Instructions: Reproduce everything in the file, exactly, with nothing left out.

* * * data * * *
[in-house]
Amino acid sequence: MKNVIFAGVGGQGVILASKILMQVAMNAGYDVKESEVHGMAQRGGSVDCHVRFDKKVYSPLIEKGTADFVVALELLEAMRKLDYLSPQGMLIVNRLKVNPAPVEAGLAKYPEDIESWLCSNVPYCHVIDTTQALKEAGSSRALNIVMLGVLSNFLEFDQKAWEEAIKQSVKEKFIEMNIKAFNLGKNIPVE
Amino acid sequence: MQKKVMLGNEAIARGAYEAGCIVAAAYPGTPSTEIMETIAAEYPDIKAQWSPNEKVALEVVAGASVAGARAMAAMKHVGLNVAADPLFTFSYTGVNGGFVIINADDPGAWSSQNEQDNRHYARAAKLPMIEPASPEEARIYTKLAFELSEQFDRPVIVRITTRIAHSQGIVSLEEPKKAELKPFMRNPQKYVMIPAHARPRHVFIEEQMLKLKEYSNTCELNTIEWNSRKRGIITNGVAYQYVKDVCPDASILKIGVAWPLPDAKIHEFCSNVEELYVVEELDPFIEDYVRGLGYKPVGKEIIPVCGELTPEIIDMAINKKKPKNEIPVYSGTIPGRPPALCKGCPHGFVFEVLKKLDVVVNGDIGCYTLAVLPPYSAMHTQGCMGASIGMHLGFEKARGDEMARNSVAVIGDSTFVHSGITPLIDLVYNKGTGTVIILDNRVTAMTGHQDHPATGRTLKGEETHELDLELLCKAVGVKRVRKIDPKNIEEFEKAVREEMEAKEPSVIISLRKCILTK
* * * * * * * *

[in-house]
Amino acid sequence: MKNVIFAGVGGQGVILASKILMQVAMNAGYDVKESEVHGMAQRGGSVDCHVRFDKKVYSPLIEKGTADFVVALELLEAMRKLDYLSPQGMLIVNRLKVNPAPVEAGLAKYPEDIESWLCSNVPYCHVIDTTQALKEAGSSRALNIVMLGVLSNFLEFDQKAWEEAIKQSVKEKFIEMNIKAFNLGKNIPVE
Amino acid sequence: MQKKVMLGNEAIARGAYEAGCIVAAAYPGTPSTEIMETIAAEYPDIKAQWSPNEKVALEVVAGASVAGARAMAAMKHVGLNVAADPLFTFSYTGVNGGFVIINADDPGAWSSQNEQDNRHYARAAKLPMIEPASPEEARIYTKLAFELSEQFDRPVIVRITTRIAHSQGIVSLEEPKKAELKPFMRNPQKYVMIPAHARPRHVFIEEQMLKLKEYSNTCELNTIEWNSRKRGIITNGVAYQYVKDVCPDASILKIGVAWPLPDAKIHEFCSNVEELYVVEELDPFIEDYVRGLGYKPVGKEIIPVCGELTPEIIDMAINKKKPKNEIPVYSGTIPGRPPALCKGCPHGFVFEVLKKLDVVVNGDIGCYTLAVLPPYSAMHTQGCMGASIGMHLGFEKARGDEMARNSVAVIGDSTFVHSGITPLIDLVYNKGTGTVIILDNRVTAMTGHQDHPATGRTLKGEETHELDLELLCKAVGVKRVRKIDPKNIEEFEKAVREEMEAKEPSVIISLRKCILTK